Mar 2, 2010

Cool Running: Snow days don’t stop Stephen

by Devin Olson

Students sit inside the Barrick-Falwell Lodge atop Liberty Mountain, swaddled in blankets, taking in heat radiating from a fireplace.

Not Stephen Barnes.

Barnes jogs along the shoulder of a road up the same mountain, unfazed by the twenty degree winds, the chunks of hardened snow and the drop-off of a couple hundred feet to his right.

For the 22-year-old, a senior kinesiology major at Liberty University, there is nothing odd about the situation.

He runs for a cause –– two, in fact.

“I run for my savior, Jesus Christ, and for my grandpa, Papa J. Lee, who died the summer before I came to school (in 2006),” Barnes said. “I am not a runner who is also a Christian, I am a follower of God who is also a runner.

The tradition of running outdoors even in those temperatures started when his grandfather found he could not donate blood –– a lifelong passion of his –– due to high blood pressure.

“He got into running and it helped him,” Barnes said. “Now it helps me.”

Running in freezing temperatures helps more athletes than Barnes, according to one of his former professors, Liberty Professor of Health Sciences Dr. David Horton.

“It builds physical and mental toughness –– running in ice and snow and tough wintry conditions,” he said. “…Some of my best runs have been when it was between zero and 20 degrees.”

However, he and fellow Liberty Professor of Health Sciences Dr. Joe Mix caution against running in difficult weather conditions if not properly prepared for the cold.

“Running in cold weather can sometimes trigger chest pain and asthma, and if either of those conditions is encountered then it is best to see a doctor or wait to run in warmer weather,” Mix said.

Mix also advised to dress in layers and bring spare socks if running long distances in the cold.

“Other tips are to keep the head covered since forty percent of the body’s heat is lost through the head. Also, runners need to stay adequately hydrated before, during, and after running,” Mix said. “This is especially important in cold weather.”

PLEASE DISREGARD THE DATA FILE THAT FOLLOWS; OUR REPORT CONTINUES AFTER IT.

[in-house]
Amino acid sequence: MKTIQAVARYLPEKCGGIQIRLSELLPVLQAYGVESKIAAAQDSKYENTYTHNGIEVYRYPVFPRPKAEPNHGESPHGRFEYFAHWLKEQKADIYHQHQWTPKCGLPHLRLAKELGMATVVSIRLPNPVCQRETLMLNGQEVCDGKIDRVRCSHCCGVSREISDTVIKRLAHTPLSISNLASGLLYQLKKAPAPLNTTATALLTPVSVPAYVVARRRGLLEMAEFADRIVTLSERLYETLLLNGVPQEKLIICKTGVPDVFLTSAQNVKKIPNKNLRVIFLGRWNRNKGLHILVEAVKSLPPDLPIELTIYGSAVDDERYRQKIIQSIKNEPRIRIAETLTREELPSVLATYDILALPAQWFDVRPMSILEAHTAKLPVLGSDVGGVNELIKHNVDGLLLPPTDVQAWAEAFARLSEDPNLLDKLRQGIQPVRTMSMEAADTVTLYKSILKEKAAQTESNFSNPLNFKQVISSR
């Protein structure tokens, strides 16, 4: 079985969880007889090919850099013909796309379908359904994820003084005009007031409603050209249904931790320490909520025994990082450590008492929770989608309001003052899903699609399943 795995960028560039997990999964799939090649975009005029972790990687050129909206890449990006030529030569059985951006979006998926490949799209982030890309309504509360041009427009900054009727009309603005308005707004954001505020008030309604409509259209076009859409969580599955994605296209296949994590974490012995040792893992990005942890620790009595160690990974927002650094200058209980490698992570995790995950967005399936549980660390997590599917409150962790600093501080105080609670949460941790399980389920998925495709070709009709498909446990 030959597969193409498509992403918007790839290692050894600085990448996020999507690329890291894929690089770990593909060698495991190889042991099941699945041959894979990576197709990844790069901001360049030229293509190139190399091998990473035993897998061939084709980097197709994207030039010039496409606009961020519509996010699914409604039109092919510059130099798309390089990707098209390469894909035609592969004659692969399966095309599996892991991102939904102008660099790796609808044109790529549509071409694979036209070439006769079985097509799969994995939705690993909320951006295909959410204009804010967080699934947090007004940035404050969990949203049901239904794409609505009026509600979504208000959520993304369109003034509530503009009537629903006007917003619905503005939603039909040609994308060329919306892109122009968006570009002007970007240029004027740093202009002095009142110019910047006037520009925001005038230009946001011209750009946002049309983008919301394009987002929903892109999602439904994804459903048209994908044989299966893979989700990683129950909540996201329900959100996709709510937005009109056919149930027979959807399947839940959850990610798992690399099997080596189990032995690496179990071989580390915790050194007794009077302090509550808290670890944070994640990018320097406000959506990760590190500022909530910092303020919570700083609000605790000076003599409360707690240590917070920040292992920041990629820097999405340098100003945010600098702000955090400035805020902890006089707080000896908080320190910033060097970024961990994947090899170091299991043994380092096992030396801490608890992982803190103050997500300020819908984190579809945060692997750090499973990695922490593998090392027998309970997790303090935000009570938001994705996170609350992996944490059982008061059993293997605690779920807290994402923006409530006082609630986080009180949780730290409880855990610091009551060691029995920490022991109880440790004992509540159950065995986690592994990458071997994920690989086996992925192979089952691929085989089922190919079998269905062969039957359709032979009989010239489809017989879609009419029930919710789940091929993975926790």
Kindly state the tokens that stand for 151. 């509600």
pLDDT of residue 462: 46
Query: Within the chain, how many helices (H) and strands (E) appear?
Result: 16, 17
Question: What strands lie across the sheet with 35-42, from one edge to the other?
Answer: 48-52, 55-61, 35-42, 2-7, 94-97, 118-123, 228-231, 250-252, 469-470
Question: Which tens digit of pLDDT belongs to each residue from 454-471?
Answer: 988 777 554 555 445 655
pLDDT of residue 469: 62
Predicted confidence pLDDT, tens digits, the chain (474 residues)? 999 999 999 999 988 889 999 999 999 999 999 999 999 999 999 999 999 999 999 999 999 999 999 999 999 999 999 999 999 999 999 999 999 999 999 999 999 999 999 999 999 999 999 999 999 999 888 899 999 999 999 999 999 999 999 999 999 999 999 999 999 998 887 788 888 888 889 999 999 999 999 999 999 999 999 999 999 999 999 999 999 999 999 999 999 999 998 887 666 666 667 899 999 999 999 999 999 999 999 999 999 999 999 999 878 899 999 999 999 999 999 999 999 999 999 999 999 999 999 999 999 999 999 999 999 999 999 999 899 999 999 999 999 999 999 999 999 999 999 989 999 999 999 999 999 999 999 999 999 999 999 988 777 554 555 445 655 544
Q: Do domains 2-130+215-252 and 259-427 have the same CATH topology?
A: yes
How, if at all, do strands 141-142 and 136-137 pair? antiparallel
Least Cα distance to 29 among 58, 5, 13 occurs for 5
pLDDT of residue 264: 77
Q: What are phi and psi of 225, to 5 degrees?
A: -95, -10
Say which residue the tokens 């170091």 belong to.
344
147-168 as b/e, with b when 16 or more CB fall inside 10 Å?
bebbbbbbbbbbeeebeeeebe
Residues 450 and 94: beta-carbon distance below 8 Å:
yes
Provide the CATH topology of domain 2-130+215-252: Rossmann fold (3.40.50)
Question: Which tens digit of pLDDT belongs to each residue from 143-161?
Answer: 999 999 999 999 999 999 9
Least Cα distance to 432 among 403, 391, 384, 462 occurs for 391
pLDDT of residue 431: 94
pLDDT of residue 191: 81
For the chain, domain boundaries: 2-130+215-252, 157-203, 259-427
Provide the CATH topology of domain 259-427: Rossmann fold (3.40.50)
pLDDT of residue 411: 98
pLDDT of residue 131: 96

In addition, he advises runners to breathe through their nasal passages rather than their mouths, so that the air is warmed and fragile lung tissue is better protected.

Liberty’s head coach for cross-country and track and field, Brant Tolsma, points out more potential health concerns –– along with physical obstacles runners should stay aware of.

“Core temperature is generally not a problem while running, but hands, ears, the nose and cheeks can experience frostbite or at least hurt from the cold,” Tolsma said. “Other problems (include) slipping on ice (and) too much running on roads because trails are not cleared.”

Horton is no stranger to at least one of those problems: frostbite.
“Twice, I have been running and my nose got so cold that I could not feel it,” Horton said.  “When I asked some of the runners that I was with as to what my nose looked like, they said it was solid white, a fairly advanced stage of frostbite.”

However, he still believes in running outdoors despite freezing weather.

“Freezing temperatures are not that bad. The key is learning how to dress,” Horton said.

Barnes believes that the weather primarily increases health among most who partake in the exercise of stamina.

“It opens up your lungs so you can run better when the warm temperatures come around,” he said. “I’ve seen runners who haven’t gone out in the cold, and it just hasn’t benefitted them. People have done too much in the spring and the summer, but you need the balance of all the seasons.”

Coach Tolsma summarized the pros and cons of running in freezing weather.

“A nice, long run on snow-packed roads can be invigorating and fun on a cool, still day,” Tolsma said. “However, treadmills and indoor tracks were invented for a reason and there are certain days when they should be used.”

And Tolsma should know –– he has one of the state’s few indoor tracks named after him, Liberty’s own Tolsma Indoor Track.

“I know a runner from Alaska who went running in 50 degrees below zero, but such a run is one that you may start but never finish,” Tolsma said. “Anything below zero should send a runner to the LaHaye Student [Union] cardio room.”

When Barnes feels discouraged running in the cold Lynchburg temperatures that may seem to occasionally dip down as cold as Alaska, he remembers the precedent that his grandpa set for him.
“I run because he was a great example,” Barnes said.

Contact Devin Olson at
dwolson@liberty.edu.


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